Joni brought home a book the other day: Inside Of A Dog: What Dogs See, Smell and Know by Alexandra Horowitz. I read half of it last night. I took a walk with the dogs this morning with a new found respect for these canine companions of mine.
I went slow and let the dogs use their noses to enjoy the forest. You see, dogs mainly experience the world through their noses. It is their way of seeing the world. A dog's nose is how they confirm that you are you: they need to smell you. They also can tell, by their noses, when you are sick. Or lonely. Or anxious.
Horowitz believes that dogs have been living with humans much longer than the generally accepted 12,000 to 14,000 years. Her evidence is found in mitochondria, whereby the first split from wolves occurred around 140,000 years ago.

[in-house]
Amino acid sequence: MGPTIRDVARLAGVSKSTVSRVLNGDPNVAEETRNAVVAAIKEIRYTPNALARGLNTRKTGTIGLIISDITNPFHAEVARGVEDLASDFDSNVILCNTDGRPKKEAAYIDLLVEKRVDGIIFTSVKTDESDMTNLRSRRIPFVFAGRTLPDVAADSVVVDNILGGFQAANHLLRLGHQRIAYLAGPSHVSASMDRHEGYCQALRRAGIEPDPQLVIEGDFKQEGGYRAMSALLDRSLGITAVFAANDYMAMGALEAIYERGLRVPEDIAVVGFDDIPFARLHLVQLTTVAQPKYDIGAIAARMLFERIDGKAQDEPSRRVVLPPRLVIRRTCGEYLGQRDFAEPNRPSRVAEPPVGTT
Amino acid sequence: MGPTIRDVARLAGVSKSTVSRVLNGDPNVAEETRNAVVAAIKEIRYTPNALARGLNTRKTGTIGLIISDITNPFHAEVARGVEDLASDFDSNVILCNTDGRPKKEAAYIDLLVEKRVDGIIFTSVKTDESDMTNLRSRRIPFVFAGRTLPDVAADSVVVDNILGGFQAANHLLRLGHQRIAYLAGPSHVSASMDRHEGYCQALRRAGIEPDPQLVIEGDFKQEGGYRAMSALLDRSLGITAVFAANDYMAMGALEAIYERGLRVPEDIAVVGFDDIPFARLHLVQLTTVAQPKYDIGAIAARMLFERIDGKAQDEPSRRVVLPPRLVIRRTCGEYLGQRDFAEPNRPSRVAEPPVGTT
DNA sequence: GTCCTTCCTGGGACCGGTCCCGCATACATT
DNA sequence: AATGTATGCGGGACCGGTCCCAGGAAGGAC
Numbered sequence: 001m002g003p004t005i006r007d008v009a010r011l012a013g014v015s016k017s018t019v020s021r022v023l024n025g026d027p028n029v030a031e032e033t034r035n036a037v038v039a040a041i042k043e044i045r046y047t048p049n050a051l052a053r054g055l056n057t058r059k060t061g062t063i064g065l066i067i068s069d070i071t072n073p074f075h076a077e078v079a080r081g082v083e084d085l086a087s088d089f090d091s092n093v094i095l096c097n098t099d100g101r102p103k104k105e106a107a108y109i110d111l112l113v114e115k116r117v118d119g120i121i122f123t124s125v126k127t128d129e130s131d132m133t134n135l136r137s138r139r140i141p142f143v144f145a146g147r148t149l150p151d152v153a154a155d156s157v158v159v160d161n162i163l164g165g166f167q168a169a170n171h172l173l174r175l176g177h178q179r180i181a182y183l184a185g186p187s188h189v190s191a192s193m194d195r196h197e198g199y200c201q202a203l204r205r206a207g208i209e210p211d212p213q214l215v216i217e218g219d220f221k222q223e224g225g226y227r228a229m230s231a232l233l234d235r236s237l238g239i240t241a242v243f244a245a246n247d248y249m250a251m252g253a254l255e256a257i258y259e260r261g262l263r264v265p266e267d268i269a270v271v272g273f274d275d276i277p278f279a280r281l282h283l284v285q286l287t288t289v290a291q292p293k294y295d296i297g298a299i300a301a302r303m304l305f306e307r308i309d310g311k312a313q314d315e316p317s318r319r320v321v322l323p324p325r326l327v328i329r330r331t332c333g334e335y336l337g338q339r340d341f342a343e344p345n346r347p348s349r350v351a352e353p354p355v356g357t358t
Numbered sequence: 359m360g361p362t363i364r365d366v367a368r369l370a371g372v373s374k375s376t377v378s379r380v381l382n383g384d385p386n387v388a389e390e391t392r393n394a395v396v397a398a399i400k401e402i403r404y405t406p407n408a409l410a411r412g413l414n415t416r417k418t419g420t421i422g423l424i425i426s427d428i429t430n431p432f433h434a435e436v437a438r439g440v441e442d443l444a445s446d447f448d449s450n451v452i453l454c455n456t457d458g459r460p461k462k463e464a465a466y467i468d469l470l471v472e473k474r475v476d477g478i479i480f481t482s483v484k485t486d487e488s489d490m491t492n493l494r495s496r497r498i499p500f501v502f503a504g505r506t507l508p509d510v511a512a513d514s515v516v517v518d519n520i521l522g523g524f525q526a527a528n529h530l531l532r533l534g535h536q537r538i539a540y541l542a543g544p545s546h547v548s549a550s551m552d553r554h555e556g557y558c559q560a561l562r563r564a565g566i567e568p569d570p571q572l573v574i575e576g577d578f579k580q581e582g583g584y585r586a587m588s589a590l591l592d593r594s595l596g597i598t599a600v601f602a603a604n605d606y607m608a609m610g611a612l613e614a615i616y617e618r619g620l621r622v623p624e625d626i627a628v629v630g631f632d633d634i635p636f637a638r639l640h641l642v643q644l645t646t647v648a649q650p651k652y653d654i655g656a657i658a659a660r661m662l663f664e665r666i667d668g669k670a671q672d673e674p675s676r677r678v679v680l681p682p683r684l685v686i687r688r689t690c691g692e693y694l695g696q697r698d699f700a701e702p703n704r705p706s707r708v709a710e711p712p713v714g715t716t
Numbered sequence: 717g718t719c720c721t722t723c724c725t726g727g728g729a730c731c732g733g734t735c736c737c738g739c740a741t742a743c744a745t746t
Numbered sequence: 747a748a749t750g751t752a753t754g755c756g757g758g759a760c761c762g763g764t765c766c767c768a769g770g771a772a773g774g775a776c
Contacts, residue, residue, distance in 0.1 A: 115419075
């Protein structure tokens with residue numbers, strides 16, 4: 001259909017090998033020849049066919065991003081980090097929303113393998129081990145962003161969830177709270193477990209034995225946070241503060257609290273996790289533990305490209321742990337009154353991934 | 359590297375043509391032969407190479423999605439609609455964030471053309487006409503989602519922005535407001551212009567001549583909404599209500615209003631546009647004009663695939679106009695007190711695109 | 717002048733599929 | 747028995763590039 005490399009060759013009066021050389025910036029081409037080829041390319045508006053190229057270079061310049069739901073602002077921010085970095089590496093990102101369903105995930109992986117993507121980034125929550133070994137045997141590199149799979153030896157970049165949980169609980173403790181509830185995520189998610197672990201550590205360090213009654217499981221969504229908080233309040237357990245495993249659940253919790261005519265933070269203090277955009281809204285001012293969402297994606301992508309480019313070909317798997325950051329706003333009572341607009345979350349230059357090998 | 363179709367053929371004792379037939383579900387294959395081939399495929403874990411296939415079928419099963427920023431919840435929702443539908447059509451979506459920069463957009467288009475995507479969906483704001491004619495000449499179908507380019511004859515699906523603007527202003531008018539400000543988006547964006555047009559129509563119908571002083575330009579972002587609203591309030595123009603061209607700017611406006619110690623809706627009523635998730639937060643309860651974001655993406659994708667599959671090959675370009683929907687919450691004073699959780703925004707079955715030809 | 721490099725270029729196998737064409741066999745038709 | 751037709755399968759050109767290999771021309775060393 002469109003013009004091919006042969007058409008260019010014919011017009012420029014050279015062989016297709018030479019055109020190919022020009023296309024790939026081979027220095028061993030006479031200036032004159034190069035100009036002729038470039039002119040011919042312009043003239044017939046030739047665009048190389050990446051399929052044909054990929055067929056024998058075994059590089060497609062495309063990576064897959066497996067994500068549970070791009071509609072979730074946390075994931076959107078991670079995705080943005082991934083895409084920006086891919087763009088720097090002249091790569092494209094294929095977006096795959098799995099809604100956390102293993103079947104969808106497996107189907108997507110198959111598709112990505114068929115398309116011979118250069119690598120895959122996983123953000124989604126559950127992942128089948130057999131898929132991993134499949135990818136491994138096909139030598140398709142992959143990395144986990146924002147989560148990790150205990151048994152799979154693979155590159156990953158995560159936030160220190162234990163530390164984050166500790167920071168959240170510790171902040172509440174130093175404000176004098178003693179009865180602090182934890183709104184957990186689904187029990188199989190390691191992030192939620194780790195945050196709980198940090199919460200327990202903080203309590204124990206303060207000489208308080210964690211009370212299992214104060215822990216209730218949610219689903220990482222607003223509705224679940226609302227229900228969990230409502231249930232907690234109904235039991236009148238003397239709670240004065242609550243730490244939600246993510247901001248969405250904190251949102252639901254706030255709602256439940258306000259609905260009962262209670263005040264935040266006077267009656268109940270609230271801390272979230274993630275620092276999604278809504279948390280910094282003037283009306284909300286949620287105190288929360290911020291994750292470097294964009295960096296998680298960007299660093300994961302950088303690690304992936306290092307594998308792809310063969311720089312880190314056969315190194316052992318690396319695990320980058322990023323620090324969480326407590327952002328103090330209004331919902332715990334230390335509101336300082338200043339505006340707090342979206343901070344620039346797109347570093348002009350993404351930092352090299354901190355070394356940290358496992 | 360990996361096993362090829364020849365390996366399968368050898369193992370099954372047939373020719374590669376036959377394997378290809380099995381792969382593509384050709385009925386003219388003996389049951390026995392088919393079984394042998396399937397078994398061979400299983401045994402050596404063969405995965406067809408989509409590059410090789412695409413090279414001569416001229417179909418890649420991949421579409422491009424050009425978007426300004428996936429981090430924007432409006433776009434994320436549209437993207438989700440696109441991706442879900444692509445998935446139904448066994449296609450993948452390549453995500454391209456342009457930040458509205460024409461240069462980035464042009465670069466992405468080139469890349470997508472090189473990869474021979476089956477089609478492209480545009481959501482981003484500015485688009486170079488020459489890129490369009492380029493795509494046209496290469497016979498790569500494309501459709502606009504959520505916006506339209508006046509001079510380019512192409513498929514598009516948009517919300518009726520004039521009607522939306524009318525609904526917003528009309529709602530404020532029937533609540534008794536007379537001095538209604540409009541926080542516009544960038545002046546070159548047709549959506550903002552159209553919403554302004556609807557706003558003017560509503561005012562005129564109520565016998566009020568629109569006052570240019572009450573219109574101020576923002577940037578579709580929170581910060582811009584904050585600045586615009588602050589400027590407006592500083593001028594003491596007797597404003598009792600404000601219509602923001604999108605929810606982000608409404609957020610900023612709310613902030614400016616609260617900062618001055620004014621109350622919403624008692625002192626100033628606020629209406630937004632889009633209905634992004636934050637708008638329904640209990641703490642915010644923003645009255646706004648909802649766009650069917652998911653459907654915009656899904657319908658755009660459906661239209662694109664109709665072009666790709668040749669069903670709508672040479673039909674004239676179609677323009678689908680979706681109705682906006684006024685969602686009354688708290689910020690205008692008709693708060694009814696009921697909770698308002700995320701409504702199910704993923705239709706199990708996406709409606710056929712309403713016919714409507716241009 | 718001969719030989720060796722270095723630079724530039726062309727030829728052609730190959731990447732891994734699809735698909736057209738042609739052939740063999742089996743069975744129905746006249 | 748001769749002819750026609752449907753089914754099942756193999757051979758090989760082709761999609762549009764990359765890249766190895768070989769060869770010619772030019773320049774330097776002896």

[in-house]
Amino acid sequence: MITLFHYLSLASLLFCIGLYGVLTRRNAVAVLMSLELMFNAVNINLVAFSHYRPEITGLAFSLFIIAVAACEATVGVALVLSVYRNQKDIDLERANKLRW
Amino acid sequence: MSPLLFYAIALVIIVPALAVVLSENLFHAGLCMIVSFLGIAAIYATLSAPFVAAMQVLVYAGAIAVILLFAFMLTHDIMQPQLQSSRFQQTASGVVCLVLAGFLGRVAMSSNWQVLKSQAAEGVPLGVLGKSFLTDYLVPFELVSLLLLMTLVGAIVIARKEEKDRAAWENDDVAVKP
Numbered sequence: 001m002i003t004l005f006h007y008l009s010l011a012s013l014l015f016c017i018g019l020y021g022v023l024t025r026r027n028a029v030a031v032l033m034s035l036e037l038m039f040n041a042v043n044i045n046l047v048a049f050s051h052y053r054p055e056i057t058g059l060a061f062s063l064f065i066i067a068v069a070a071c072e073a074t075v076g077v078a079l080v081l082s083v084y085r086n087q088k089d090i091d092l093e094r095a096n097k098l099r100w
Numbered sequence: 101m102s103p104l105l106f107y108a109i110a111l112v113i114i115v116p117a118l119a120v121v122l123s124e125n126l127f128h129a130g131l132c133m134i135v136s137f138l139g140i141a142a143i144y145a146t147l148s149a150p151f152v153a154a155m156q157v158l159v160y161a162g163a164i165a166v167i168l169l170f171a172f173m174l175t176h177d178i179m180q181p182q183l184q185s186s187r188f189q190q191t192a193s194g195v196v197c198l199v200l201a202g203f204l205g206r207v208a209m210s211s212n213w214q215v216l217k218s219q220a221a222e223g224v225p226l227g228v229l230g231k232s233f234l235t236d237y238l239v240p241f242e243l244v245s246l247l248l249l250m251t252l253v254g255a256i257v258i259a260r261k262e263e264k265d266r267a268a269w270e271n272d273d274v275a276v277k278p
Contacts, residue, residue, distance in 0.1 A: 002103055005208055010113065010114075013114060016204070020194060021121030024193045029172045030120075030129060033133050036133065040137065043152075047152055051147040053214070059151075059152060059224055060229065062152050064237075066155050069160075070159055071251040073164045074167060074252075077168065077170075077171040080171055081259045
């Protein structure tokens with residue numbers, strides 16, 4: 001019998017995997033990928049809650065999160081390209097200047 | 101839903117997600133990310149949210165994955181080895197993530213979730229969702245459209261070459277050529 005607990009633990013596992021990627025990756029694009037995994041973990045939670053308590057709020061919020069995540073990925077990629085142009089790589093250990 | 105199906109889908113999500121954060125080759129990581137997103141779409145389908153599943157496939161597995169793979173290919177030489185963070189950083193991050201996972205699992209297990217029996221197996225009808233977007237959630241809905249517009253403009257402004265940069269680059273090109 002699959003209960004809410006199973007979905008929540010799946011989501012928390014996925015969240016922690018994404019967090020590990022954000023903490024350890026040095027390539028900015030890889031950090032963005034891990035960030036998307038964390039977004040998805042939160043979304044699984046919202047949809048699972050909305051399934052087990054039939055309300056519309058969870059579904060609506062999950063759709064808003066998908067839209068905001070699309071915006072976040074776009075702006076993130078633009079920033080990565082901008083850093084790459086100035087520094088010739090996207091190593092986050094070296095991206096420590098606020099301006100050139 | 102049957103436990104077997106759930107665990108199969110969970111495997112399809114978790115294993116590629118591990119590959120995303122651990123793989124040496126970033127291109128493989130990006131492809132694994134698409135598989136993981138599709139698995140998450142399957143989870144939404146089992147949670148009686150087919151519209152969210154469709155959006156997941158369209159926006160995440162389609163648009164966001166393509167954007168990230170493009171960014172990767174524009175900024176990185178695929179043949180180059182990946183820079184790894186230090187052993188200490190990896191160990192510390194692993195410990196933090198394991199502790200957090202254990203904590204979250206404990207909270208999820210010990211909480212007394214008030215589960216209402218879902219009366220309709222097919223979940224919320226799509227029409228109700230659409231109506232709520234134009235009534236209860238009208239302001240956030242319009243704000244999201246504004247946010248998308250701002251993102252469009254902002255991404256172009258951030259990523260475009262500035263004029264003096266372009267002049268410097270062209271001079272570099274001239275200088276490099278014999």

Horowitz doesn't say this, but I will: This beneficial relationship between dogs and humans allowed both species to thrive. We are meant to live with dogs. In fact, to not have a dog is not human. Think of dogs in the past as the way people view cell phones today. Cell phones have replaced dogs as our constant companions. Cell phones are the new dogs.
I'd rather have a dog.